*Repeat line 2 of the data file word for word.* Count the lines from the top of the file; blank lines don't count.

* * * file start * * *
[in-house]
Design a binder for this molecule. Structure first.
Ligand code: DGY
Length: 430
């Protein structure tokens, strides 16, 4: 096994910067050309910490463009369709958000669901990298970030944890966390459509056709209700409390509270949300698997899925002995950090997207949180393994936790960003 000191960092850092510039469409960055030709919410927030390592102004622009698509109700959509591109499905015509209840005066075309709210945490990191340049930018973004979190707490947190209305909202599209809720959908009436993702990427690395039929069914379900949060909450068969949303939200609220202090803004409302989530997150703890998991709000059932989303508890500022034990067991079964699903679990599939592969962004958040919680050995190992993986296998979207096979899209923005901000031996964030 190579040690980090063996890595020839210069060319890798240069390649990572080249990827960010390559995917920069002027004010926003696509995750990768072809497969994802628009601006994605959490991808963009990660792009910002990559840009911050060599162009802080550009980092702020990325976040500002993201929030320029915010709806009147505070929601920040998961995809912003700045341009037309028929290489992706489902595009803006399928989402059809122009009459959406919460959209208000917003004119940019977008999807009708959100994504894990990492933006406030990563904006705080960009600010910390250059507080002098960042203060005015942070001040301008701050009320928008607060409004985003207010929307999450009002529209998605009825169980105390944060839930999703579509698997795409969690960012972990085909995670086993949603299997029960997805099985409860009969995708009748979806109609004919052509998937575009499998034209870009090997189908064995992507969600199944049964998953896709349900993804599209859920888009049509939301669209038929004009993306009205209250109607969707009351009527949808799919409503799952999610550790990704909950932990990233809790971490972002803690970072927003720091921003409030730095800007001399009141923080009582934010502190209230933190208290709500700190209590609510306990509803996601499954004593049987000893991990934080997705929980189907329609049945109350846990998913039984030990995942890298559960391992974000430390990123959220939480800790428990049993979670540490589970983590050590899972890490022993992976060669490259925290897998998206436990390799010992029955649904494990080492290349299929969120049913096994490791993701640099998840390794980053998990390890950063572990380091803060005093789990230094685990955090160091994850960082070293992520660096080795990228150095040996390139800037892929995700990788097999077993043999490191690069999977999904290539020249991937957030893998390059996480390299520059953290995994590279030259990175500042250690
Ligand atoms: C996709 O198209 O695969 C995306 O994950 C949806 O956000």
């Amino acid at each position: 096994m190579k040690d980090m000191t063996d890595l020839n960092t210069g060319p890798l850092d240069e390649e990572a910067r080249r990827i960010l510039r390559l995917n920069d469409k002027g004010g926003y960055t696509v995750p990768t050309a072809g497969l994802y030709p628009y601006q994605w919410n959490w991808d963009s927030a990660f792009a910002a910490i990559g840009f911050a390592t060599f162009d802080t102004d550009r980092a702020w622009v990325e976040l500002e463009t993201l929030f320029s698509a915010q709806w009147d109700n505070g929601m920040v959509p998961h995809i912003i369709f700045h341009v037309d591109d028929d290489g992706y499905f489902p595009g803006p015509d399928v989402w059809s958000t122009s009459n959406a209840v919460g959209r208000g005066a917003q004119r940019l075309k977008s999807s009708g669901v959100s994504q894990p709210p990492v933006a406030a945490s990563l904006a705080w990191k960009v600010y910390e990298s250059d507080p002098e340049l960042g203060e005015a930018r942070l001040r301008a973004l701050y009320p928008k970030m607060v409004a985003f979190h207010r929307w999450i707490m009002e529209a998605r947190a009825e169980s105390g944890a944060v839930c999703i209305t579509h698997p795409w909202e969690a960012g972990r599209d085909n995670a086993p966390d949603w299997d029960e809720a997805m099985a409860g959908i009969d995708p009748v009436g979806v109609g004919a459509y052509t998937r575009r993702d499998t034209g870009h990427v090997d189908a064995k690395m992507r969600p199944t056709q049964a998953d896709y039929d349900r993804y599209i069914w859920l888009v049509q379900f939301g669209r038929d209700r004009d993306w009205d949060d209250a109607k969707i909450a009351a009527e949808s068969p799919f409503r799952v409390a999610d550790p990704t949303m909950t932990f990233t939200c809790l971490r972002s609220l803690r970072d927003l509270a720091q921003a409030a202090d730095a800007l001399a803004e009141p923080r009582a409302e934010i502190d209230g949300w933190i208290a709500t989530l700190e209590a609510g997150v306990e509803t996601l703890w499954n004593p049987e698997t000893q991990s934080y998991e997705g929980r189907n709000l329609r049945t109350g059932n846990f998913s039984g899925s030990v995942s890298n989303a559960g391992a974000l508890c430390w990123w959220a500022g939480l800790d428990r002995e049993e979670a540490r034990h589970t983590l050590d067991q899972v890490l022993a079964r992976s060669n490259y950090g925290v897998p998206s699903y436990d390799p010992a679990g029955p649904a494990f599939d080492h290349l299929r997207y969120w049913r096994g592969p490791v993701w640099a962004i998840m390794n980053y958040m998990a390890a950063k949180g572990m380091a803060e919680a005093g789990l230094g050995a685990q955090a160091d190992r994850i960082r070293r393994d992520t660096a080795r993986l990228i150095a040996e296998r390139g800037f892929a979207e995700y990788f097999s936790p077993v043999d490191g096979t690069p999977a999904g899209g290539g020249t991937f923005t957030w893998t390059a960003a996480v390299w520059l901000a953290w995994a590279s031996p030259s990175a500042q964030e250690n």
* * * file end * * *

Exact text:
Design a binder for this molecule. Structure first.